E.g. A pen that auto-transcribes the notes digitally for the student
4. Bringing Joy
Joy or delight is conscious acceptance by the user about the positive state
The final stage of making our user’s life better is attaining joy. Joy or delight is conscious acceptance by the user about the positive state. This is achieved by constant sustained happiness, not spurts of delight occasionally. Even being a contributor to our user’s happiness can be factored as a success. To uncover the secret to what brings our users joy, we should already know how the user is part of the product, and what makes the user’s life better. Then we need to go in-deeper to understand what will cause delight to the user in a sustained manner.
E.g. A pen that encourages an aspiring writer get to a goal of writing 1000 words per day
5. Protecting our users
With great power comes great responsibility
We are in a period where the well-being of our users will surpass the need to achieve joy for our users. Joy can be subjective, however, well-being is a more holistic approach to a user’s life. Well-being needs to be understood quite broadly as well as in-depth to what things will contribute to life expectancy, and physical, psychological, and intellectual health. We also need to go deeper to understand how our products will impact human conceptions like meaning and fulfillment. These are all things that go beyond happiness.
E.g. The pen that takes care of a student’s hand, may be the wrist or overall posture during writing
6. Going beyond users
This is the point which is the final epitome of where we should aim reach. The products we build may cause social, economic, and environmental problems. We should not just look at how products work in isolated situations but also consider how they will work on a community level.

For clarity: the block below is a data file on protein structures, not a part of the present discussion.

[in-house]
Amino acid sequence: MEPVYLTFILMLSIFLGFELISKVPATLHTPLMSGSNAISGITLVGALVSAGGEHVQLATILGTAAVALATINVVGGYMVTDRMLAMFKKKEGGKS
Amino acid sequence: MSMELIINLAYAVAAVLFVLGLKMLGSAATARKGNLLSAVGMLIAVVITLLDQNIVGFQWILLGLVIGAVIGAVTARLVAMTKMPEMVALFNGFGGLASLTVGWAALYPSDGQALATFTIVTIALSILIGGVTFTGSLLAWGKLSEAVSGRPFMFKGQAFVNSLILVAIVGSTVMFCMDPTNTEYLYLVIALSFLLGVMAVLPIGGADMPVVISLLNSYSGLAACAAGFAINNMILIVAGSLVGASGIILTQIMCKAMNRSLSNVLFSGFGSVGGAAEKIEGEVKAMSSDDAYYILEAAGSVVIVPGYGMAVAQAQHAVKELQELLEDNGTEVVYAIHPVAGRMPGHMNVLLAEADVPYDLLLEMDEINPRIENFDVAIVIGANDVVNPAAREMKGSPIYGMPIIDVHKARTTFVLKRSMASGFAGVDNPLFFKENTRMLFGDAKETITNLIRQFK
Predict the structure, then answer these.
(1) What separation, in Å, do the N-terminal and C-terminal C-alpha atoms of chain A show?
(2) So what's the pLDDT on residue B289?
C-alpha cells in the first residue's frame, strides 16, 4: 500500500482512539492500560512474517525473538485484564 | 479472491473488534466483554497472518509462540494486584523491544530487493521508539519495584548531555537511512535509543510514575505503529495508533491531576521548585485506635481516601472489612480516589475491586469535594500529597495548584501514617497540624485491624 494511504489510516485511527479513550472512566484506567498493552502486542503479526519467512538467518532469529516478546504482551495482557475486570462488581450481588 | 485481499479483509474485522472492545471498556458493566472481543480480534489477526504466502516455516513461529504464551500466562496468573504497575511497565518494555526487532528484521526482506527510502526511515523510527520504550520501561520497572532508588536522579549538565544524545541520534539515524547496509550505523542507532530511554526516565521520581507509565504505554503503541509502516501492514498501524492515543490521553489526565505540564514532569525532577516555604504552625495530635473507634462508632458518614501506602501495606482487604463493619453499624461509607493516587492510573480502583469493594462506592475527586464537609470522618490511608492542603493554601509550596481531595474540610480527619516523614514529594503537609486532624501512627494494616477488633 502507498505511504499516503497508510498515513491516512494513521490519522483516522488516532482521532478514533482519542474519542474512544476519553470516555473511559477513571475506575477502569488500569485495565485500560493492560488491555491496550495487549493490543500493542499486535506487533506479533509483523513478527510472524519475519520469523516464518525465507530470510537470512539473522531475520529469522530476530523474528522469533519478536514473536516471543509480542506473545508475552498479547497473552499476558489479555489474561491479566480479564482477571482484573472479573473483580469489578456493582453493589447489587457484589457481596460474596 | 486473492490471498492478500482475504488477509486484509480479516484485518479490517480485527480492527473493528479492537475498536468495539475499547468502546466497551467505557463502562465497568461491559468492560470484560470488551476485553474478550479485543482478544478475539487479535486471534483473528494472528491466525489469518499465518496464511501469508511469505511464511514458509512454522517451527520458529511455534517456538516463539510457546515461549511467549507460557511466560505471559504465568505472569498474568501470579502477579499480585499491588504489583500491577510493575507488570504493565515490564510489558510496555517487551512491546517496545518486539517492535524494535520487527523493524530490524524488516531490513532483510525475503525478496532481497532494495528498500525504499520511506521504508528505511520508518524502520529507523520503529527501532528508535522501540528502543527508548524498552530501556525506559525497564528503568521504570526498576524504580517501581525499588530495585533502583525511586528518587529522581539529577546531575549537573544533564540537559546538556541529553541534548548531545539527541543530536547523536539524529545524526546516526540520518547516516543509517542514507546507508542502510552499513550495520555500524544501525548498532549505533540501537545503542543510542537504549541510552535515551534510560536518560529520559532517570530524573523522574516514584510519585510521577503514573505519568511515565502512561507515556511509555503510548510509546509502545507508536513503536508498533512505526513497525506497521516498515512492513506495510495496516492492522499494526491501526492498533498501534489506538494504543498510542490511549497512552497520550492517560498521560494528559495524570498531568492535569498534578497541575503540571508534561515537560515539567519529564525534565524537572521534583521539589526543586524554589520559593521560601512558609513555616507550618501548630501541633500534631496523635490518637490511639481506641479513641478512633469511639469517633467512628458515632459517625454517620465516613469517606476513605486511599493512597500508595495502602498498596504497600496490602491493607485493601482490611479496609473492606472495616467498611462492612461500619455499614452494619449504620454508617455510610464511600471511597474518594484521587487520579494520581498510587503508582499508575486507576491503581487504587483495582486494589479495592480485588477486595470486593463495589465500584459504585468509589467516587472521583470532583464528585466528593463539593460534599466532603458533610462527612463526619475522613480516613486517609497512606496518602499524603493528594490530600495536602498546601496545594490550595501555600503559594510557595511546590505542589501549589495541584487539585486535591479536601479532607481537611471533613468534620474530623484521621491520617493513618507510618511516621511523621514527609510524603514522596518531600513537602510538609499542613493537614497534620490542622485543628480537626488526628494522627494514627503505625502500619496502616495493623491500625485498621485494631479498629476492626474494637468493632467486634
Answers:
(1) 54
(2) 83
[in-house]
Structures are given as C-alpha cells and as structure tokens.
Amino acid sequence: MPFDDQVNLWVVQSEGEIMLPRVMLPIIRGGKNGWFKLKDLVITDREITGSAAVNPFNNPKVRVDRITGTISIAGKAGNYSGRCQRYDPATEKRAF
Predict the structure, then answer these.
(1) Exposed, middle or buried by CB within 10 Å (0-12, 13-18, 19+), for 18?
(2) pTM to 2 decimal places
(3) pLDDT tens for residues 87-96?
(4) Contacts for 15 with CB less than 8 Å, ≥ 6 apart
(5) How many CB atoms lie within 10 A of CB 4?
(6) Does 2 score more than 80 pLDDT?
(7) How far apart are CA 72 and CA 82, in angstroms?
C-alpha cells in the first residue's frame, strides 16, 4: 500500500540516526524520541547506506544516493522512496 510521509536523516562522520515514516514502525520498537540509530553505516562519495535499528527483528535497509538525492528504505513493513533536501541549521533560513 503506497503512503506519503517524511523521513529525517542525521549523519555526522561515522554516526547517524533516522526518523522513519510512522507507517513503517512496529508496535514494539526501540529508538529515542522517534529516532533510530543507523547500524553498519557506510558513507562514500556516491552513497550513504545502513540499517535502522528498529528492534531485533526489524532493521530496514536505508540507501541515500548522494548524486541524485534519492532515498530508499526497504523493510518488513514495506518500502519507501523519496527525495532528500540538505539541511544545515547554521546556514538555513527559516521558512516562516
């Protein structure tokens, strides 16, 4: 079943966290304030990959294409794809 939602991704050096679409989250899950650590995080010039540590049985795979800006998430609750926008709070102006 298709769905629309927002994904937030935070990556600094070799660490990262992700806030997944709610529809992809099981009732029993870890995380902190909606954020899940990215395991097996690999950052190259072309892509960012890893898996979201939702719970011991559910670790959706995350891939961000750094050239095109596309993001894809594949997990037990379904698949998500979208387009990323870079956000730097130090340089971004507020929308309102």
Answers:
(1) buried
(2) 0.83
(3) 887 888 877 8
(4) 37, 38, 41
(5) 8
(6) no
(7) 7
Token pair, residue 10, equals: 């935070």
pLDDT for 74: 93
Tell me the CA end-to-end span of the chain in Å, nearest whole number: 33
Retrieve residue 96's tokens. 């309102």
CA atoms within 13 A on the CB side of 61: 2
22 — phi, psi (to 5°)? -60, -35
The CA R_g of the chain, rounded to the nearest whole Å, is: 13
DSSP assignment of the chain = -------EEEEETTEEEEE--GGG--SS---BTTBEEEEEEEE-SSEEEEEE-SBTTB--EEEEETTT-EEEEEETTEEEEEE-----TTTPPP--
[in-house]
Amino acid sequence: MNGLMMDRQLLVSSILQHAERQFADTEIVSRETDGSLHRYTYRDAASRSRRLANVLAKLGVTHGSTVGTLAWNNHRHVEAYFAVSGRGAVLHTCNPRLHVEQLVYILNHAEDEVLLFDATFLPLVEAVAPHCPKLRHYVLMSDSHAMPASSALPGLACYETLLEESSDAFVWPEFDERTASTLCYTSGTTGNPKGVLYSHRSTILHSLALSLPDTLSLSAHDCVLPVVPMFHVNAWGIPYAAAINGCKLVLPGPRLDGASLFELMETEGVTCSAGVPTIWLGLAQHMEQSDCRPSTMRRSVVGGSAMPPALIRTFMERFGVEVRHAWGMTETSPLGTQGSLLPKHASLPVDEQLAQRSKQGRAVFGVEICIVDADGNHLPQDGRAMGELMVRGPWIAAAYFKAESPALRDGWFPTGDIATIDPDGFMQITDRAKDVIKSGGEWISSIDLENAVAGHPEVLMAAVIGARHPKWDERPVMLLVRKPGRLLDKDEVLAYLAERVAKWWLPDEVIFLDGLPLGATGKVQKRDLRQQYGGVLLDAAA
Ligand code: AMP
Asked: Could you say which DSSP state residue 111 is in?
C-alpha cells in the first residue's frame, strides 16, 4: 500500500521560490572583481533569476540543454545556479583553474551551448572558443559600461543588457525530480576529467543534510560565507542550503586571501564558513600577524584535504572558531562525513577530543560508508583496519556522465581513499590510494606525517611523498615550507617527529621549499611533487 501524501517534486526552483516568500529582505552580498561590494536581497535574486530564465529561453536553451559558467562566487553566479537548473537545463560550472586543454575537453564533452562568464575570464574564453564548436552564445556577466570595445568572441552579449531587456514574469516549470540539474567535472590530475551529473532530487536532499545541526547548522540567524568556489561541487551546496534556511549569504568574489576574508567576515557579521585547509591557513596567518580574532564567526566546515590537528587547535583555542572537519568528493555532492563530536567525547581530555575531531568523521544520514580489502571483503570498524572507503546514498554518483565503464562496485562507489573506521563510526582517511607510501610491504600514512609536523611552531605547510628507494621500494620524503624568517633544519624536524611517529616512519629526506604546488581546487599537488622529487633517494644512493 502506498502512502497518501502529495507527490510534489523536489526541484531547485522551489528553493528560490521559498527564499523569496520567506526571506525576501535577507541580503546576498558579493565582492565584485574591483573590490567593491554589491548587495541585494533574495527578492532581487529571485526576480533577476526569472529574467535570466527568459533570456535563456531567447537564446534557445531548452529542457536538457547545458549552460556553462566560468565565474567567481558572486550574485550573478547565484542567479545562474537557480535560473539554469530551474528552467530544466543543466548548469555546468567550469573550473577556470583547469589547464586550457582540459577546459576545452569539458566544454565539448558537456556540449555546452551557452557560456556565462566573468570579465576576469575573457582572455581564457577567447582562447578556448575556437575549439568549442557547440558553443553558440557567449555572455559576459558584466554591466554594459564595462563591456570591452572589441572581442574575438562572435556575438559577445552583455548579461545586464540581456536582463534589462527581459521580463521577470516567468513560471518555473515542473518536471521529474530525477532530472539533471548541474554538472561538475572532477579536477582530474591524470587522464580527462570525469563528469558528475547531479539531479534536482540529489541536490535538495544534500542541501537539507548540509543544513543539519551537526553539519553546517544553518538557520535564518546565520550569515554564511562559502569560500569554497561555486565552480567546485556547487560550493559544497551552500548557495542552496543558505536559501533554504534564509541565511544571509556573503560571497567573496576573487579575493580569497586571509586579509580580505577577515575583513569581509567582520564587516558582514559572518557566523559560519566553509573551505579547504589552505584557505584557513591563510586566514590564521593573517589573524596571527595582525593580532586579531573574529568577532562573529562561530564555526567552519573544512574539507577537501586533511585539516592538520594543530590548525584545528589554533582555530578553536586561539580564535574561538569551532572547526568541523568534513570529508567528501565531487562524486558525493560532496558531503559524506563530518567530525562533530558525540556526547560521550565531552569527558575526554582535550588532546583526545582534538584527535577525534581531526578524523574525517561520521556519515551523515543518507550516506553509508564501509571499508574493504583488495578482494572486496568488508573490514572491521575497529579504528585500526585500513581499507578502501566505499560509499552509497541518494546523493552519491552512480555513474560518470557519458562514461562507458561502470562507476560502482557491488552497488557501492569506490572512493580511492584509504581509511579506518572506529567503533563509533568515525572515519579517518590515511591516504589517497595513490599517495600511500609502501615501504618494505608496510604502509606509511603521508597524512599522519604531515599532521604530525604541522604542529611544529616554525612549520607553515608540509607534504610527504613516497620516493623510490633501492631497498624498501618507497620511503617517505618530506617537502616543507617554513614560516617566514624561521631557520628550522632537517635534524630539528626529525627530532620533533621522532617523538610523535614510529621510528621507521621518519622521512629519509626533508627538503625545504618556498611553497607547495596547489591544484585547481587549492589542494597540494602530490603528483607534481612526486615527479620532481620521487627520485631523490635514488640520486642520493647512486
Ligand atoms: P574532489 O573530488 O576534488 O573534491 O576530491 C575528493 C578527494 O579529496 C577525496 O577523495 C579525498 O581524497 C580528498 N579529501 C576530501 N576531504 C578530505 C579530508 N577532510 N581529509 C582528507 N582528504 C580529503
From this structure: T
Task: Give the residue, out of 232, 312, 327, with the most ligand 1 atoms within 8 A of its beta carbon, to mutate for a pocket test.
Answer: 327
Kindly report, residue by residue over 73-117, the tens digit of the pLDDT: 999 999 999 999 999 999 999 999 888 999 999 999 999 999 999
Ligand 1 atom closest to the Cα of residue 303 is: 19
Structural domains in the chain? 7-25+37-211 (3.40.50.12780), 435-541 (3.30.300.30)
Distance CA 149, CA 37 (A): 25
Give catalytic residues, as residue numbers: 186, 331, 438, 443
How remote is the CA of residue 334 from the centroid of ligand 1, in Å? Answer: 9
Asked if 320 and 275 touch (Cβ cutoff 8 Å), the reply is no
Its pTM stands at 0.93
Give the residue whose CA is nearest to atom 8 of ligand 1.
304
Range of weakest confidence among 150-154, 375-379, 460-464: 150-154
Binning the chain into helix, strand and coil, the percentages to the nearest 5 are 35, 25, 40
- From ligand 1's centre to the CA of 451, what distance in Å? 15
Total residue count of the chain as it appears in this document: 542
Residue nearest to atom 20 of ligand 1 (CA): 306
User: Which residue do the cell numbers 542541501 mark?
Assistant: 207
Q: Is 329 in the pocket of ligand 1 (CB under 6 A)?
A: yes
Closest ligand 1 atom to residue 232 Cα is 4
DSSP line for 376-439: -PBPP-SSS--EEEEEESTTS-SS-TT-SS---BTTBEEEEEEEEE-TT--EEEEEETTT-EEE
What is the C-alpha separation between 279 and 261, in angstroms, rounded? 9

We all have seen how products can affect societies intentionally or unintentionally. It’s time for us to look at users but also beyond users. Imagine how the world would be if we could create such an impact where we were able to reverse any harmful decisions that were made previously.
‘Using’ a product may not be a sign of success anymore and making all the parts of life frictionless may not be the right way to go about things. Friction, I agree slows things down, however, it allows us to stop, think, deliberate, and self-reflect. This helps us experiment and develop trust and preferences. But friction is expensive. In this case, the choice is a burden, and we choose not to choose and accept the default set by others. How do we solve this dilemma and bring an equilibrium?
I feel these are just starting points, but the conversation has begun. We need to decide which perspective is more important as one person’s utopia is another’s dystopia. Think about the humans from the movie Wall-E, they get used to having food delivered to them without moving from the chair or how Facebook, which is meant to connect with friends, allowed third parties to use the user’s data to develop profiling and personalization algorithms to influence their beliefs and votes. It is indeed challenging to acknowledge the expense of our profession. However, we can do a lot many things to ensure our health and well-being. I am interested in knowing what other Design professionals approach in such scenarios.